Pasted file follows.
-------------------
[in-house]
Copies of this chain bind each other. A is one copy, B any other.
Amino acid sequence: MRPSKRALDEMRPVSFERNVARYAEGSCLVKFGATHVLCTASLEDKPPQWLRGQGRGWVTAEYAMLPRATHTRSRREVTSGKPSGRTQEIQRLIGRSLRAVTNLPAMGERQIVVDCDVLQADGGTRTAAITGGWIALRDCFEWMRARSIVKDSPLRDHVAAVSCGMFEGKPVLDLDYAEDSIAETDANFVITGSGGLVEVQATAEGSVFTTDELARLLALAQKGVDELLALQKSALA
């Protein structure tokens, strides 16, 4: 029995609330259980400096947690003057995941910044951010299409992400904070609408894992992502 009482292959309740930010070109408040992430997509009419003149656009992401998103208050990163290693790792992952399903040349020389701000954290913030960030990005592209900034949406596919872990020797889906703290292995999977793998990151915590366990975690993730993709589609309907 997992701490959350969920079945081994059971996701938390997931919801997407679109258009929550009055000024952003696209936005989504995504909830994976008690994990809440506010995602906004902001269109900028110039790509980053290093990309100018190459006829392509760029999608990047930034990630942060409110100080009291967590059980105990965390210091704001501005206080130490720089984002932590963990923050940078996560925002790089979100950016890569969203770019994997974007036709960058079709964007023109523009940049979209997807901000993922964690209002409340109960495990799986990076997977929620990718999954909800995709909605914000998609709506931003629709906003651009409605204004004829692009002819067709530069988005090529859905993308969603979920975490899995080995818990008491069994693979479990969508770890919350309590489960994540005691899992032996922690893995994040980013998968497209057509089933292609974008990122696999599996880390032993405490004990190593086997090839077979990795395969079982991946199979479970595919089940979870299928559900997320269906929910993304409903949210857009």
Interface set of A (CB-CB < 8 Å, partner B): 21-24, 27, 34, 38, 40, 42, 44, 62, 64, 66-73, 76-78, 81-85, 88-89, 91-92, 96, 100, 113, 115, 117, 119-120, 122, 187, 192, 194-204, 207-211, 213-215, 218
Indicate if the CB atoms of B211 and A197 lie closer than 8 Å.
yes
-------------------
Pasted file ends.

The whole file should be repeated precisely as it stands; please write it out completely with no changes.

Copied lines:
[in-house]
Copies of this chain bind each other. A is one copy, B any other.
Amino acid sequence: MRPSKRALDEMRPVSFERNVARYAEGSCLVKFGATHVLCTASLEDKPPQWLRGQGRGWVTAEYAMLPRATHTRSRREVTSGKPSGRTQEIQRLIGRSLRAVTNLPAMGERQIVVDCDVLQADGGTRTAAITGGWIALRDCFEWMRARSIVKDSPLRDHVAAVSCGMFEGKPVLDLDYAEDSIAETDANFVITGSGGLVEVQATAEGSVFTTDELARLLALAQKGVDELLALQKSALA
């Protein structure tokens, strides 16, 4: 029995609330259980400096947690003057995941910044951010299409992400904070609408894992992502 009482292959309740930010070109408040992430997509009419003149656009992401998103208050990163290693790792992952399903040349020389701000954290913030960030990005592209900034949406596919872990020797889906703290292995999977793998990151915590366990975690993730993709589609309907 997992701490959350969920079945081994059971996701938390997931919801997407679109258009929550009055000024952003696209936005989504995504909830994976008690994990809440506010995602906004902001269109900028110039790509980053290093990309100018190459006829392509760029999608990047930034990630942060409110100080009291967590059980105990965390210091704001501005206080130490720089984002932590963990923050940078996560925002790089979100950016890569969203770019994997974007036709960058079709964007023109523009940049979209997807901000993922964690209002409340109960495990799986990076997977929620990718999954909800995709909605914000998609709506931003629709906003651009409605204004004829692009002819067709530069988005090529859905993308969603979920975490899995080995818990008491069994693979479990969508770890919350309590489960994540005691899992032996922690893995994040980013998968497209057509089933292609974008990122696999599996880390032993405490004990190593086997090839077979990795395969079982991946199979479970595919089940979870299928559900997320269906929910993304409903949210857009």
Interface set of A (CB-CB < 8 Å, partner B): 21-24, 27, 34, 38, 40, 42, 44, 62, 64, 66-73, 76-78, 81-85, 88-89, 91-92, 96, 100, 113, 115, 117, 119-120, 122, 187, 192, 194-204, 207-211, 213-215, 218
Indicate if the CB atoms of B211 and A197 lie closer than 8 Å.
yes